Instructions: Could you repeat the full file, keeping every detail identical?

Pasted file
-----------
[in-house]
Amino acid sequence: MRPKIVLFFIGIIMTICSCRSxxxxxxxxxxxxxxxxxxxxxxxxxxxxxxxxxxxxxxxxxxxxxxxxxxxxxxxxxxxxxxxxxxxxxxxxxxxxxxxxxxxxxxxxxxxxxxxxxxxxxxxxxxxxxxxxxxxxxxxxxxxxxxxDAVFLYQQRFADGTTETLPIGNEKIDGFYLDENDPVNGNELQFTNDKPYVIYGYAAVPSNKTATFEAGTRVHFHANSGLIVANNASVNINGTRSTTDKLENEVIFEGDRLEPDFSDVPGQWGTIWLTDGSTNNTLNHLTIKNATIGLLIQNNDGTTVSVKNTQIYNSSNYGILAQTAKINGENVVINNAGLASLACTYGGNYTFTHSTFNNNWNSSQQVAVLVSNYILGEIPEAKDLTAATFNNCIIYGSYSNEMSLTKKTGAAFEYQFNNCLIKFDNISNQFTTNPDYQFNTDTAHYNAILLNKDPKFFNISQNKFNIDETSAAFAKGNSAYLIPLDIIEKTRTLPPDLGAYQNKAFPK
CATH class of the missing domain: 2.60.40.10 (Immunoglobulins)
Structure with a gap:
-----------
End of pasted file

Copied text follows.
[in-house]
Amino acid sequence: MRPKIVLFFIGIIMTICSCRSxxxxxxxxxxxxxxxxxxxxxxxxxxxxxxxxxxxxxxxxxxxxxxxxxxxxxxxxxxxxxxxxxxxxxxxxxxxxxxxxxxxxxxxxxxxxxxxxxxxxxxxxxxxxxxxxxxxxxxxxxxxxxxxDAVFLYQQRFADGTTETLPIGNEKIDGFYLDENDPVNGNELQFTNDKPYVIYGYAAVPSNKTATFEAGTRVHFHANSGLIVANNASVNINGTRSTTDKLENEVIFEGDRLEPDFSDVPGQWGTIWLTDGSTNNTLNHLTIKNATIGLLIQNNDGTTVSVKNTQIYNSSNYGILAQTAKINGENVVINNAGLASLACTYGGNYTFTHSTFNNNWNSSQQVAVLVSNYILGEIPEAKDLTAATFNNCIIYGSYSNEMSLTKKTGAAFEYQFNNCLIKFDNISNQFTTNPDYQFNTDTAHYNAILLNKDPKFFNISQNKFNIDETSAAFAKGNSAYLIPLDIIEKTRTLPPDLGAYQNKAFPK
CATH class of the missing domain: 2.60.40.10 (Immunoglobulins)
Structure with a gap: